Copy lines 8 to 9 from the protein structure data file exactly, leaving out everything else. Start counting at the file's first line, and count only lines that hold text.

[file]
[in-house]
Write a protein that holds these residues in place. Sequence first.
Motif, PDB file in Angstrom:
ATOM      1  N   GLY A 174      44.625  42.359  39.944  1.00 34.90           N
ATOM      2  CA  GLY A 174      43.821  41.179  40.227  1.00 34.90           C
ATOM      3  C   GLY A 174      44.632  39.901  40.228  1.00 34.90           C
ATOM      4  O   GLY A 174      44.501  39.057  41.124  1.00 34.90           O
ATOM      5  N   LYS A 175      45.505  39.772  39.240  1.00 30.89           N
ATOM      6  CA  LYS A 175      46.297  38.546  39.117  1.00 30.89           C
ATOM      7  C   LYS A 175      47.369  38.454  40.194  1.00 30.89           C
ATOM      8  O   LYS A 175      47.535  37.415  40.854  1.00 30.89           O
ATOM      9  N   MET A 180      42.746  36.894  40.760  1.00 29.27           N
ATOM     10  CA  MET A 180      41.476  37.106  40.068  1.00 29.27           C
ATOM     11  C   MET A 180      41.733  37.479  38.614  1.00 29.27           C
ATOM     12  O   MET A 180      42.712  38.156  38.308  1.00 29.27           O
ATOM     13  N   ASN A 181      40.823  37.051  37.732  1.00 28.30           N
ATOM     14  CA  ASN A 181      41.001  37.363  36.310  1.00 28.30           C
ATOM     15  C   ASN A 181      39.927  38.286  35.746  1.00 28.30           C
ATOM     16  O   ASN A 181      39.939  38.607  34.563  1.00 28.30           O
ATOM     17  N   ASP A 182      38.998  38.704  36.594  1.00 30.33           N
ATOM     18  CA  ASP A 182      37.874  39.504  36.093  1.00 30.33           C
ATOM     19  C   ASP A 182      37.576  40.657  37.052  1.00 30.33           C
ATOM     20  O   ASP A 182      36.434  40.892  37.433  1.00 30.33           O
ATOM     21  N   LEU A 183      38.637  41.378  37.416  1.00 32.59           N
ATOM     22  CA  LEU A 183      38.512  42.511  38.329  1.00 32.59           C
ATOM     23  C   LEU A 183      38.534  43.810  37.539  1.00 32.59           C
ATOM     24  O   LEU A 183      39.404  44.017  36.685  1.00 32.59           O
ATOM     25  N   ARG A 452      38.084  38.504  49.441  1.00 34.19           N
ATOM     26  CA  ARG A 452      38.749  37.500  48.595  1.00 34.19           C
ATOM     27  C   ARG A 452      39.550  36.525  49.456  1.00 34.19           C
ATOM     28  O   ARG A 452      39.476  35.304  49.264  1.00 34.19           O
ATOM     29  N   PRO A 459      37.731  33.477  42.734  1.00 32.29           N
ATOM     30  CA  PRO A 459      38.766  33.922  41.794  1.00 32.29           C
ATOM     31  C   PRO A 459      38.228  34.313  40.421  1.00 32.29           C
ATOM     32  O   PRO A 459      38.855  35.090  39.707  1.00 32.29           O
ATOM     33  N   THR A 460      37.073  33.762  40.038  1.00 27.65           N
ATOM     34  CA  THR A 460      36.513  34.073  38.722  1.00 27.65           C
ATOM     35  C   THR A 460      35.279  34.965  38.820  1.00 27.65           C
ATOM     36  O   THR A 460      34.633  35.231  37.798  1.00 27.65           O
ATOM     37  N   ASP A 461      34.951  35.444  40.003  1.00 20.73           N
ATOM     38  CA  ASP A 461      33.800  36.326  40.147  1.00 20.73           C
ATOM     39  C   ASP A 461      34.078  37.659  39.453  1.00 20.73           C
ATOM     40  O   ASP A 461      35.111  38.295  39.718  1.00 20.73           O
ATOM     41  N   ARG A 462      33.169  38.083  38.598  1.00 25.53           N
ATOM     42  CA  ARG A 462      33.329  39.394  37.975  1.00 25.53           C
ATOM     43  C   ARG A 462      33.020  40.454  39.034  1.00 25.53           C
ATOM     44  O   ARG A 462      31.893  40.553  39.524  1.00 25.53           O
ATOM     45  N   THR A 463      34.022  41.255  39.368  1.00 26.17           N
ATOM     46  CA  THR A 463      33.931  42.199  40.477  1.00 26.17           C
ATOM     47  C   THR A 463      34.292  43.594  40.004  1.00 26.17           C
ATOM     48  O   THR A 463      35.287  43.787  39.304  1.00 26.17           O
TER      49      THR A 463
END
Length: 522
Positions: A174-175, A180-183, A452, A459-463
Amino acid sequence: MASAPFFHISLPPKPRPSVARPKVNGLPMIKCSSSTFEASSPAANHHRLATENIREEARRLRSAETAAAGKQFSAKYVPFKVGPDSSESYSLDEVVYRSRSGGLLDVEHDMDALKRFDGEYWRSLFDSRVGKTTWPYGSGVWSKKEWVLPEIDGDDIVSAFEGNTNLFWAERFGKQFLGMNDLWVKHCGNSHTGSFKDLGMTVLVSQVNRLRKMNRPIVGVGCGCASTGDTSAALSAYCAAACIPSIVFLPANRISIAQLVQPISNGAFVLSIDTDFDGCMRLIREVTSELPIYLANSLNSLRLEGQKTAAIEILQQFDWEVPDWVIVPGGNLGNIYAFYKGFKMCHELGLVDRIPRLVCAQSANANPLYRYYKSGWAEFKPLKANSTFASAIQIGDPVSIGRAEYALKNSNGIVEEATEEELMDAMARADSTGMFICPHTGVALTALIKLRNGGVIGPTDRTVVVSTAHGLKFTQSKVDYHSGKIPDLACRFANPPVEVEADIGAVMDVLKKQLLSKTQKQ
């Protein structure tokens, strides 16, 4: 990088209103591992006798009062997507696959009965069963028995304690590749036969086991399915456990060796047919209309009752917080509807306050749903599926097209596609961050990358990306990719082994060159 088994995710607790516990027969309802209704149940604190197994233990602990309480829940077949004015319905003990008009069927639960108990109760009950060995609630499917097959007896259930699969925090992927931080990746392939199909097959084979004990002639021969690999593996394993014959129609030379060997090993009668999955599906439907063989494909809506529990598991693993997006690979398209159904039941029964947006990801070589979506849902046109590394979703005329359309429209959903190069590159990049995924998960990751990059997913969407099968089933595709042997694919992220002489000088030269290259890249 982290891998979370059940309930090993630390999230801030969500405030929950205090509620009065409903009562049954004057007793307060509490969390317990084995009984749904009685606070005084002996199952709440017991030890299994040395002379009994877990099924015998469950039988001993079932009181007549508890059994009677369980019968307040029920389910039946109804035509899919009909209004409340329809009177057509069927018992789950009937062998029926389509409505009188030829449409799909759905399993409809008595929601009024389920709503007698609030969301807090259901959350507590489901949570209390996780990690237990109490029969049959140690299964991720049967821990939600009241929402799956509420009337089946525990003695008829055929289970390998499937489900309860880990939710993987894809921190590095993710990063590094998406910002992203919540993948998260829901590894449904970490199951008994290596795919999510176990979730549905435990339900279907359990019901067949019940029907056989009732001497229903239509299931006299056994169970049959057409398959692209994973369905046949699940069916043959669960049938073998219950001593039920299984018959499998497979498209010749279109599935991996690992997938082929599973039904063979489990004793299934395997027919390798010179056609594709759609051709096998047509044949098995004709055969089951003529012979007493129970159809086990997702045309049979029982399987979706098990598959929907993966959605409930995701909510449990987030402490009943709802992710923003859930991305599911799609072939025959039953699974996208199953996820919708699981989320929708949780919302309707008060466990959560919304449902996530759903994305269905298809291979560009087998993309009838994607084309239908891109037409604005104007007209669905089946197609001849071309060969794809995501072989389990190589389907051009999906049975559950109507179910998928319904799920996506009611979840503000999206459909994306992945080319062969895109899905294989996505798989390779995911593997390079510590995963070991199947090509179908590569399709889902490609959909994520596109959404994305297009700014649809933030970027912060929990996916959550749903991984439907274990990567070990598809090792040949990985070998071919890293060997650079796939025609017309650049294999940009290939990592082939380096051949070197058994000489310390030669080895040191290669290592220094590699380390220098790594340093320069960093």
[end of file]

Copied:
ATOM      5  N   LYS A 175      45.505  39.772  39.240  1.00 30.89           N
ATOM      6  CA  LYS A 175      46.297  38.546  39.117  1.00 30.89           C